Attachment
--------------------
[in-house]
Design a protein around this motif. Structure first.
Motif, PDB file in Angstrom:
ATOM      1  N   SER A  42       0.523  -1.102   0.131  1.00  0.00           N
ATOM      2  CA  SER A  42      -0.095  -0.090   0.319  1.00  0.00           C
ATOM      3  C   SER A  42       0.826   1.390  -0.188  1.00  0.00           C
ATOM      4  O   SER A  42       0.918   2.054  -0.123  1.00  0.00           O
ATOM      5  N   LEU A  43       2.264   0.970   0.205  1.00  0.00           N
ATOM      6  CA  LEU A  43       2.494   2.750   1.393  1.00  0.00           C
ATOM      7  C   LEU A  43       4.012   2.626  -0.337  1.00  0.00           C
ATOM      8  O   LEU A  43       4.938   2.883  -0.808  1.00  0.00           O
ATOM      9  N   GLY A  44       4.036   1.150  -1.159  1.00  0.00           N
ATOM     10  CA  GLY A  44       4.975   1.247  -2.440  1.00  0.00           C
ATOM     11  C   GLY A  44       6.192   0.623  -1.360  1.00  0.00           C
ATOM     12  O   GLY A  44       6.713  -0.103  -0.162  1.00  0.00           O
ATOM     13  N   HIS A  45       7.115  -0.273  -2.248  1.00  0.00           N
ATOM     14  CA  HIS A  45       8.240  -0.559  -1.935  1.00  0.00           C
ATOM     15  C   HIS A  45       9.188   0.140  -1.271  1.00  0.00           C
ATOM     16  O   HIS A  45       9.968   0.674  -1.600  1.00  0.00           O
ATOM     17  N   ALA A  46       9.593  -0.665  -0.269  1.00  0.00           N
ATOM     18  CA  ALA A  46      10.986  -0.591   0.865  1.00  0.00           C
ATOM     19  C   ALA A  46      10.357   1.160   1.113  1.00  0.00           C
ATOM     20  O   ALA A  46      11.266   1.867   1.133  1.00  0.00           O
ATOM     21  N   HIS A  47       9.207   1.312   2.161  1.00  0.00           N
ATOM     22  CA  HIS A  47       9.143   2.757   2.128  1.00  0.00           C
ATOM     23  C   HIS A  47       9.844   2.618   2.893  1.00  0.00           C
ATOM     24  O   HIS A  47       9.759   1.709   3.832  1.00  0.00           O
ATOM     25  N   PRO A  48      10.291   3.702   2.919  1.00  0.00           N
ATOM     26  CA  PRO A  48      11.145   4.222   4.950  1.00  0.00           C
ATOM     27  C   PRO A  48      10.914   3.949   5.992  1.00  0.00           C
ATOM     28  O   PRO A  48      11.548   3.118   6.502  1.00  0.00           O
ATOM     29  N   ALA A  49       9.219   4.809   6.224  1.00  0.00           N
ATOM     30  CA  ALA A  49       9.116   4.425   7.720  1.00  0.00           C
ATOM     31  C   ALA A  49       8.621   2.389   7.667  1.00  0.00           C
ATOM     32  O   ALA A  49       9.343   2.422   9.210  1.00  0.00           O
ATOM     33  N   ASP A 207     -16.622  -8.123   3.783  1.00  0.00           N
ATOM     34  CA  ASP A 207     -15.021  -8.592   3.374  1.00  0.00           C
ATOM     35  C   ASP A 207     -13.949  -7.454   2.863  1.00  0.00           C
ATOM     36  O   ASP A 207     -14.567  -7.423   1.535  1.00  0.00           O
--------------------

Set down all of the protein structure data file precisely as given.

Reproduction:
[in-house]
Design a protein around this motif. Structure first.
Motif, PDB file in Angstrom:
ATOM      1  N   SER A  42       0.523  -1.102   0.131  1.00  0.00           N
ATOM      2  CA  SER A  42      -0.095  -0.090   0.319  1.00  0.00           C
ATOM      3  C   SER A  42       0.826   1.390  -0.188  1.00  0.00           C
ATOM      4  O   SER A  42       0.918   2.054  -0.123  1.00  0.00           O
ATOM      5  N   LEU A  43       2.264   0.970   0.205  1.00  0.00           N
ATOM      6  CA  LEU A  43       2.494   2.750   1.393  1.00  0.00           C
ATOM      7  C   LEU A  43       4.012   2.626  -0.337  1.00  0.00           C
ATOM      8  O   LEU A  43       4.938   2.883  -0.808  1.00  0.00           O
ATOM      9  N   GLY A  44       4.036   1.150  -1.159  1.00  0.00           N
ATOM     10  CA  GLY A  44       4.975   1.247  -2.440  1.00  0.00           C
ATOM     11  C   GLY A  44       6.192   0.623  -1.360  1.00  0.00           C
ATOM     12  O   GLY A  44       6.713  -0.103  -0.162  1.00  0.00           O
ATOM     13  N   HIS A  45       7.115  -0.273  -2.248  1.00  0.00           N
ATOM     14  CA  HIS A  45       8.240  -0.559  -1.935  1.00  0.00           C
ATOM     15  C   HIS A  45       9.188   0.140  -1.271  1.00  0.00           C
ATOM     16  O   HIS A  45       9.968   0.674  -1.600  1.00  0.00           O
ATOM     17  N   ALA A  46       9.593  -0.665  -0.269  1.00  0.00           N
ATOM     18  CA  ALA A  46      10.986  -0.591   0.865  1.00  0.00           C
ATOM     19  C   ALA A  46      10.357   1.160   1.113  1.00  0.00           C
ATOM     20  O   ALA A  46      11.266   1.867   1.133  1.00  0.00           O
ATOM     21  N   HIS A  47       9.207   1.312   2.161  1.00  0.00           N
ATOM     22  CA  HIS A  47       9.143   2.757   2.128  1.00  0.00           C
ATOM     23  C   HIS A  47       9.844   2.618   2.893  1.00  0.00           C
ATOM     24  O   HIS A  47       9.759   1.709   3.832  1.00  0.00           O
ATOM     25  N   PRO A  48      10.291   3.702   2.919  1.00  0.00           N
ATOM     26  CA  PRO A  48      11.145   4.222   4.950  1.00  0.00           C
ATOM     27  C   PRO A  48      10.914   3.949   5.992  1.00  0.00           C
ATOM     28  O   PRO A  48      11.548   3.118   6.502  1.00  0.00           O
ATOM     29  N   ALA A  49       9.219   4.809   6.224  1.00  0.00           N
ATOM     30  CA  ALA A  49       9.116   4.425   7.720  1.00  0.00           C
ATOM     31  C   ALA A  49       8.621   2.389   7.667  1.00  0.00           C
ATOM     32  O   ALA A  49       9.343   2.422   9.210  1.00  0.00           O
ATOM     33  N   ASP A 207     -16.622  -8.123   3.783  1.00  0.00           N
ATOM     34  CA  ASP A 207     -15.021  -8.592   3.374  1.00  0.00           C
ATOM     35  C   ASP A 207     -13.949  -7.454   2.863  1.00  0.00           C
ATOM     36  O   ASP A 207     -14.567  -7.423   1.535  1.00  0.00           O